This article is within the scope of WikiProject Firearms, a collaborative effort to improve the coverage of firearms on Wikipedia. If you would like to participate, please visit the project page, where you can join the discussion and see a list of open tasks.
This article has been rated as C-Class on the project's quality scale.
This article has been checked against the following criteria for B-Class status:
Referencing and citation: criterion not met
Coverage and accuracy: criterion not met
Structure: criterion met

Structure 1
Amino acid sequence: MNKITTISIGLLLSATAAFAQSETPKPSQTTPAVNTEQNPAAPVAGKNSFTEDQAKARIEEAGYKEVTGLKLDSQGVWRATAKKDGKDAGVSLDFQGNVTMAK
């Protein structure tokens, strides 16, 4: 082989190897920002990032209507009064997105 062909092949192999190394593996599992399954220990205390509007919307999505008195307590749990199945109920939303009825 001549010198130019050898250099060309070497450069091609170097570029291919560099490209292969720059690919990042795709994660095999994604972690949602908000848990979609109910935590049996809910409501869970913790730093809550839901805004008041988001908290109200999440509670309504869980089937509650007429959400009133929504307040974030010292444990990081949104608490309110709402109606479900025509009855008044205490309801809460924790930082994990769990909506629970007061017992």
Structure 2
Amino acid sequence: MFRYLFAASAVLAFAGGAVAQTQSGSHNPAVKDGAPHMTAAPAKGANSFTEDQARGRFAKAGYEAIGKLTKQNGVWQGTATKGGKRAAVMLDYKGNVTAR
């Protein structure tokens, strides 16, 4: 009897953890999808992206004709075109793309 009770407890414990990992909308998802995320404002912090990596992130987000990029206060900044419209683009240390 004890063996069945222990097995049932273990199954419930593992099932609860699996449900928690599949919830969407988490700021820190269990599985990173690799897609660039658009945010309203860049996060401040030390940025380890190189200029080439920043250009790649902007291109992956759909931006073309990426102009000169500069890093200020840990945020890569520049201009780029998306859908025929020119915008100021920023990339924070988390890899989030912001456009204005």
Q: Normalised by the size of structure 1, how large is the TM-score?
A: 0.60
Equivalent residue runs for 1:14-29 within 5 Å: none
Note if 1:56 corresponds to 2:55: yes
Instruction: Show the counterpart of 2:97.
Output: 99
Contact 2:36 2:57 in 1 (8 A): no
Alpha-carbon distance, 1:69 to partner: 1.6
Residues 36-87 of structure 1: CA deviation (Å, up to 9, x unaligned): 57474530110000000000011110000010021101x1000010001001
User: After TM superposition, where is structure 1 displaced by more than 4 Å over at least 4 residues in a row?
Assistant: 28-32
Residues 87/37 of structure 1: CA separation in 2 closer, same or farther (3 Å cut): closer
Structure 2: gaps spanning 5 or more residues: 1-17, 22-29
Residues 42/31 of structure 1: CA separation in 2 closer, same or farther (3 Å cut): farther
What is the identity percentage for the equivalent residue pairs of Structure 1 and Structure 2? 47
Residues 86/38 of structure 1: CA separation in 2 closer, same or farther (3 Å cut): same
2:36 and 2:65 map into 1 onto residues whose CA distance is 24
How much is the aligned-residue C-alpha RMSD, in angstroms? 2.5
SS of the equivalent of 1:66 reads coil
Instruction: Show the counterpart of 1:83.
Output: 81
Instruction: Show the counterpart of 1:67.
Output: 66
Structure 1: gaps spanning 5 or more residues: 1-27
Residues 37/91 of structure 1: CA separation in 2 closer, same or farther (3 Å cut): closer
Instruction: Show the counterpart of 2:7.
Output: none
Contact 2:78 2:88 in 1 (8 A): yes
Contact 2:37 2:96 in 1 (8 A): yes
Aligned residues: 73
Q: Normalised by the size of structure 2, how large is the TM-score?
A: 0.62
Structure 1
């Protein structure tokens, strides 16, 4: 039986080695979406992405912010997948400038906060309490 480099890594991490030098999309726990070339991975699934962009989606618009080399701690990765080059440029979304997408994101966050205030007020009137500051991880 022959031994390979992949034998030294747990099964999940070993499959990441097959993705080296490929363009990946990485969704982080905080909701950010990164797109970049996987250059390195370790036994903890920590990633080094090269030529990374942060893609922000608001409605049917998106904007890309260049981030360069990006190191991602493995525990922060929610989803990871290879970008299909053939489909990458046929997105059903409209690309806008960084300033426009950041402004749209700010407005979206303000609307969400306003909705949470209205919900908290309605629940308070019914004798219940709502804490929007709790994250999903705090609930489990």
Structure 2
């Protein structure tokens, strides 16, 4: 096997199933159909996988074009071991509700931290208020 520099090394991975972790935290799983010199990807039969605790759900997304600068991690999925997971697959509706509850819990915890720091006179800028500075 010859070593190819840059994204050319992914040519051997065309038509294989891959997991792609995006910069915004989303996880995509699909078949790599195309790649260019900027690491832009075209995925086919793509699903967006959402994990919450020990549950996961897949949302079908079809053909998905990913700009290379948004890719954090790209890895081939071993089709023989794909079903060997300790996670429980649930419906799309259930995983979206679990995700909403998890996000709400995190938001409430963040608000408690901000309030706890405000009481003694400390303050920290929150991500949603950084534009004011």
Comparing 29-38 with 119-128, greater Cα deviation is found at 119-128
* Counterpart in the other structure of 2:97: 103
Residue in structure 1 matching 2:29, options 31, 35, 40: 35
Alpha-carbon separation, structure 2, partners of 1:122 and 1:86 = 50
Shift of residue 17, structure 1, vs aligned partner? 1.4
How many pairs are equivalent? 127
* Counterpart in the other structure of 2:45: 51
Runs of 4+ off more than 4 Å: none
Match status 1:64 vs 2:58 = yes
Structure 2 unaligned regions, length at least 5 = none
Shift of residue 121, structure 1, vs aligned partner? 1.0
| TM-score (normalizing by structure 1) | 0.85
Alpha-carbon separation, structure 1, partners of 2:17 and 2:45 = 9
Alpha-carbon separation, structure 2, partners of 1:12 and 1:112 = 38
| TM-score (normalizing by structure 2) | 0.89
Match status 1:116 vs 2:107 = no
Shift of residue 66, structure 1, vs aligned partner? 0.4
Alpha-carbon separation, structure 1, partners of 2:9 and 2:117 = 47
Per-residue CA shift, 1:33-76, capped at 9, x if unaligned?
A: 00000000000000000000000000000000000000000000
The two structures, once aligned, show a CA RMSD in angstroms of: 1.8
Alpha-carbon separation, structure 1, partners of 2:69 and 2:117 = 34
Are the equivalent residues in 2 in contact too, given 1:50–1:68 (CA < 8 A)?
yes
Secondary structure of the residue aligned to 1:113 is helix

Grammar and style: criterion met
Supporting materials: criterion met
So why didnt this weapon stay in production after WW2?, Being slightly lighter and having a higher ROF, This would probably beat the M2 series
It could have been rebarelled to .50 Caliber
why rough equivalent? it also shot more rounds per minute —Preceding unsigned comment added by 184.108.40.206 (talk) 22:05, 1 June 2008 (UTC)
The weapon was expressly designed for aircraft use. Accordingly, it fitted a much smaller nieche than the Browning. Talking about it as the Browning's rival is conjecture. Ondundozonananandana (talk) 13:21, 2 March 2009 (UTC)
The aircraft mounted units used electrical priming for higher firing rates, ground ones were modified for standard percussion action with a reduced ROF. The M2 and MG131 basically fulfilled similar niches. Aldis90 (talk) 16:30, 13 June 2009 (UTC)